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Researchers Battle Drug-Resistant HIV On Promising New Ground

Date:
September 26, 2000
Source:
American Chemical Society
Summary:
Researchers believe they have found a promising new battleground for HIV, the virus that causes AIDS: a portion of the virus that is unaffected by its myriad mutations.
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Researchers believe they have found a promising new battleground for HIV, the virus that causes AIDS: a portion of the virus that is unaffected by its myriad mutations. The findings are described in the September 26 issue of Biochemistry, a peer-reviewed journal of the American Chemical Society, the world's largest scientific society.

Finding a spot unaffected by the billions of variations the virus can generate represents a great opportunity for preventing the virus's ability to spread, according to Virendranath Pandey, who led the research team at the New Jersey Medical School in Newark, New Jersey. The researchers have also created a way - in test tube studies - to block the reactions that allow the virus to reproduce itself.

Located in the center of a U-shaped loop inside HIV-affected cells, the site interacts with a protein necessary for the spread of the virus, Pandey explained. If the interaction can be prevented, the virus will not have a chance to spread or develop resistance to drugs, he said.

"The implications of these findings are that inhibition of this vital process will block the replication of the virus, thereby arresting the disease," Pandey said. "These results suggest that [this treatment] may be a potentially attractive therapy."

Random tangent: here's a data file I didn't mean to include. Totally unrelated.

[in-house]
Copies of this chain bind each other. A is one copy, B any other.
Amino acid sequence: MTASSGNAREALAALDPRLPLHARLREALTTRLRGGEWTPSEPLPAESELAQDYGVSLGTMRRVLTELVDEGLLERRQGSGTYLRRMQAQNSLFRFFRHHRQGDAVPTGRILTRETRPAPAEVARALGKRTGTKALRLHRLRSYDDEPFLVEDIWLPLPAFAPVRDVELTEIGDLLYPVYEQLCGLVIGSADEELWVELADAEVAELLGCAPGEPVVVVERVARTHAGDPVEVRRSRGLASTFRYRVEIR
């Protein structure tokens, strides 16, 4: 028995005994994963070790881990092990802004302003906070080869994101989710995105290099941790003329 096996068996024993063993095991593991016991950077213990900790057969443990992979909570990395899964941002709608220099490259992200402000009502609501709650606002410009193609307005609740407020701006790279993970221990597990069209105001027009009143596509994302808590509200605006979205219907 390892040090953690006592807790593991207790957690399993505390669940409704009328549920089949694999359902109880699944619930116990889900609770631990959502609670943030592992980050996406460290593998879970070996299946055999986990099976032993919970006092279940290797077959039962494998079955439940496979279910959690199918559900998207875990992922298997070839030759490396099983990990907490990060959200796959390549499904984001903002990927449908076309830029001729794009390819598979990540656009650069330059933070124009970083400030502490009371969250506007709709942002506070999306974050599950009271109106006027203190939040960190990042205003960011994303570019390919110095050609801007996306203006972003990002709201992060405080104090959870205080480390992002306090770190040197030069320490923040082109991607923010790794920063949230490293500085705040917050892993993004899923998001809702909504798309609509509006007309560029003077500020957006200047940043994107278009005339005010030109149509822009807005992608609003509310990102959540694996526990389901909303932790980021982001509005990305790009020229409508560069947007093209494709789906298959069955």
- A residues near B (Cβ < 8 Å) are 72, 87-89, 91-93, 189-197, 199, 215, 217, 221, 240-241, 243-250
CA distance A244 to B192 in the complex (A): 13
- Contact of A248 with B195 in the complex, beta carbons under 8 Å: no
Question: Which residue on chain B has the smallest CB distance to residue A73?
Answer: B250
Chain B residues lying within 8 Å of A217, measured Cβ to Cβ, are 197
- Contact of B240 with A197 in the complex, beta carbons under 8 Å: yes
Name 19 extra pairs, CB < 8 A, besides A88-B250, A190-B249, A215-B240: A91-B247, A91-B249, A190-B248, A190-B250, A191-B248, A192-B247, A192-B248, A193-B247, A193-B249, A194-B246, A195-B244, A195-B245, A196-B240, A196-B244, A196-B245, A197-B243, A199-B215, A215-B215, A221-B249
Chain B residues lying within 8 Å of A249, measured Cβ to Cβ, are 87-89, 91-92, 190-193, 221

The researchers bonded a synthetic form of DNA - called PNA [polyamide nucleic acid] - to the virus's genetic structure. This prevented a protein called "Tat" from activating the process that spreads the virus from cell to cell. If the Tat protein is blocked, the virus cannot replicate itself.

PNA can be tailored specifically to fight HIV and is resistant to many of the body's defenses to break it down, according to Pandey. "This approach has great promise," he said. "I am very optimistic that if we are able to find a delivery system for this treatment, this approach may be useful to patients suffering from HIV infection."

This research was supported by grants from the National Institute of Allergy and Infectious Diseases, a division of the U.S. National Institutes of Health.


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The above post is reprinted from materials provided by American Chemical Society. Note: Materials may be edited for content and length.


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American Chemical Society. "Researchers Battle Drug-Resistant HIV On Promising New Ground." ScienceDaily. ScienceDaily, 26 September 2000. <www.sciencedaily.com/releases/2000/09/000926072245.htm>.
American Chemical Society. (2000, September 26). Researchers Battle Drug-Resistant HIV On Promising New Ground. ScienceDaily. Retrieved August 29, 2015 from www.sciencedaily.com/releases/2000/09/000926072245.htm
American Chemical Society. "Researchers Battle Drug-Resistant HIV On Promising New Ground." ScienceDaily. www.sciencedaily.com/releases/2000/09/000926072245.htm (accessed August 29, 2015).

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